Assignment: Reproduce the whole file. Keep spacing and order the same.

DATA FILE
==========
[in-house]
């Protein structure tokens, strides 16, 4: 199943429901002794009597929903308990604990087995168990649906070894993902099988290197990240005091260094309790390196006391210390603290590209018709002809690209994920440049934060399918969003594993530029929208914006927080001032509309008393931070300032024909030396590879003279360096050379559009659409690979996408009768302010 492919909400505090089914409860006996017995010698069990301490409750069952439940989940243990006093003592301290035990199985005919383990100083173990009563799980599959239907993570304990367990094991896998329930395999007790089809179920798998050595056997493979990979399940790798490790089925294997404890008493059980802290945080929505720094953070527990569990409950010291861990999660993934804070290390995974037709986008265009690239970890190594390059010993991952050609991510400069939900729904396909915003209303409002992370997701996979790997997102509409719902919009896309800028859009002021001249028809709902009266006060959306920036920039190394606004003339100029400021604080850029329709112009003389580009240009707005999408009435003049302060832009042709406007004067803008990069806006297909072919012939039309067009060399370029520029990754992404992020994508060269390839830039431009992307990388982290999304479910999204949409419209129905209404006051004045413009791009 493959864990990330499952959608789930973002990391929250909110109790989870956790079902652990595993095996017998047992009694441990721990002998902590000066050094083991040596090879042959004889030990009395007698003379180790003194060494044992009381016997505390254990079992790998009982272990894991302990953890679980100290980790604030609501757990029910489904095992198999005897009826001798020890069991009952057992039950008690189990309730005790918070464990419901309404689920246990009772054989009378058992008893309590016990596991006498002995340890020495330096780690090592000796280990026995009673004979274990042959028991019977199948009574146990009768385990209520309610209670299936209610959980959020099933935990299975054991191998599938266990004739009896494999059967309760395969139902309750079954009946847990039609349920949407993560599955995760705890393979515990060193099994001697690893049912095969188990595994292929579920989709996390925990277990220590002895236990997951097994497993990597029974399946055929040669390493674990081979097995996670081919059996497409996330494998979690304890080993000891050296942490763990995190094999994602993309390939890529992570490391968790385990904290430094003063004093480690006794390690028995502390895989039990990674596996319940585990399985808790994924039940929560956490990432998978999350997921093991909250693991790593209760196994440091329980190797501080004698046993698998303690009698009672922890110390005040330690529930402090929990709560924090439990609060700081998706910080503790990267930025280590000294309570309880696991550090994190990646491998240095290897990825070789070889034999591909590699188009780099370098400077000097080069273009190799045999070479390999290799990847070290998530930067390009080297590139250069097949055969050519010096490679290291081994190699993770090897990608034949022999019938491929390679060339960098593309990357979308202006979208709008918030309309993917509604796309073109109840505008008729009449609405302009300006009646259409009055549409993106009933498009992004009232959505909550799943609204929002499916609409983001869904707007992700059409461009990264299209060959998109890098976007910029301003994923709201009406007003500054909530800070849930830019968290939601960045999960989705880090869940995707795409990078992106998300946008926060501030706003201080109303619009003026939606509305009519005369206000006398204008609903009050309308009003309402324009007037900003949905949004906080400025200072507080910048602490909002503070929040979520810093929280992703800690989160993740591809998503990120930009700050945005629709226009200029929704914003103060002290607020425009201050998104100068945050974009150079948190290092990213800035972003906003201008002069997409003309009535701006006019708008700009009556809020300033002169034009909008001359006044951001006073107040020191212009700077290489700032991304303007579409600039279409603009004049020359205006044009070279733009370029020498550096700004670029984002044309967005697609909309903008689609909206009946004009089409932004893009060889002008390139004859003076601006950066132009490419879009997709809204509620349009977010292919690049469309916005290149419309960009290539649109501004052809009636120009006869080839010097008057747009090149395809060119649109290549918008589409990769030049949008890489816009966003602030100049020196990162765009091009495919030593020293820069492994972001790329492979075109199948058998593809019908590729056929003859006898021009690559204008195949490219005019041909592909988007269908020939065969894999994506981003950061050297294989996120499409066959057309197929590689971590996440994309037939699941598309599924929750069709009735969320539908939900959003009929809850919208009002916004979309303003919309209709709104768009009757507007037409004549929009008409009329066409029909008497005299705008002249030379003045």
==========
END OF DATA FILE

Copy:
[in-house]
């Protein structure tokens, strides 16, 4: 199943429901002794009597929903308990604990087995168990649906070894993902099988290197990240005091260094309790390196006391210390603290590209018709002809690209994920440049934060399918969003594993530029929208914006927080001032509309008393931070300032024909030396590879003279360096050379559009659409690979996408009768302010 492919909400505090089914409860006996017995010698069990301490409750069952439940989940243990006093003592301290035990199985005919383990100083173990009563799980599959239907993570304990367990094991896998329930395999007790089809179920798998050595056997493979990979399940790798490790089925294997404890008493059980802290945080929505720094953070527990569990409950010291861990999660993934804070290390995974037709986008265009690239970890190594390059010993991952050609991510400069939900729904396909915003209303409002992370997701996979790997997102509409719902919009896309800028859009002021001249028809709902009266006060959306920036920039190394606004003339100029400021604080850029329709112009003389580009240009707005999408009435003049302060832009042709406007004067803008990069806006297909072919012939039309067009060399370029520029990754992404992020994508060269390839830039431009992307990388982290999304479910999204949409419209129905209404006051004045413009791009 493959864990990330499952959608789930973002990391929250909110109790989870956790079902652990595993095996017998047992009694441990721990002998902590000066050094083991040596090879042959004889030990009395007698003379180790003194060494044992009381016997505390254990079992790998009982272990894991302990953890679980100290980790604030609501757990029910489904095992198999005897009826001798020890069991009952057992039950008690189990309730005790918070464990419901309404689920246990009772054989009378058992008893309590016990596991006498002995340890020495330096780690090592000796280990026995009673004979274990042959028991019977199948009574146990009768385990209520309610209670299936209610959980959020099933935990299975054991191998599938266990004739009896494999059967309760395969139902309750079954009946847990039609349920949407993560599955995760705890393979515990060193099994001697690893049912095969188990595994292929579920989709996390925990277990220590002895236990997951097994497993990597029974399946055929040669390493674990081979097995996670081919059996497409996330494998979690304890080993000891050296942490763990995190094999994602993309390939890529992570490391968790385990904290430094003063004093480690006794390690028995502390895989039990990674596996319940585990399985808790994924039940929560956490990432998978999350997921093991909250693991790593209760196994440091329980190797501080004698046993698998303690009698009672922890110390005040330690529930402090929990709560924090439990609060700081998706910080503790990267930025280590000294309570309880696991550090994190990646491998240095290897990825070789070889034999591909590699188009780099370098400077000097080069273009190799045999070479390999290799990847070290998530930067390009080297590139250069097949055969050519010096490679290291081994190699993770090897990608034949022999019938491929390679060339960098593309990357979308202006979208709008918030309309993917509604796309073109109840505008008729009449609405302009300006009646259409009055549409993106009933498009992004009232959505909550799943609204929002499916609409983001869904707007992700059409461009990264299209060959998109890098976007910029301003994923709201009406007003500054909530800070849930830019968290939601960045999960989705880090869940995707795409990078992106998300946008926060501030706003201080109303619009003026939606509305009519005369206000006398204008609903009050309308009003309402324009007037900003949905949004906080400025200072507080910048602490909002503070929040979520810093929280992703800690989160993740591809998503990120930009700050945005629709226009200029929704914003103060002290607020425009201050998104100068945050974009150079948190290092990213800035972003906003201008002069997409003309009535701006006019708008700009009556809020300033002169034009909008001359006044951001006073107040020191212009700077290489700032991304303007579409600039279409603009004049020359205006044009070279733009370029020498550096700004670029984002044309967005697609909309903008689609909206009946004009089409932004893009060889002008390139004859003076601006950066132009490419879009997709809204509620349009977010292919690049469309916005290149419309960009290539649109501004052809009636120009006869080839010097008057747009090149395809060119649109290549918008589409990769030049949008890489816009966003602030100049020196990162765009091009495919030593020293820069492994972001790329492979075109199948058998593809019908590729056929003859006898021009690559204008195949490219005019041909592909988007269908020939065969894999994506981003950061050297294989996120499409066959057309197929590689971590996440994309037939699941598309599924929750069709009735969320539908939900959003009929809850919208009002916004979309303003919309209709709104768009009757507007037409004549929009008409009329066409029909008497005299705008002249030379003045």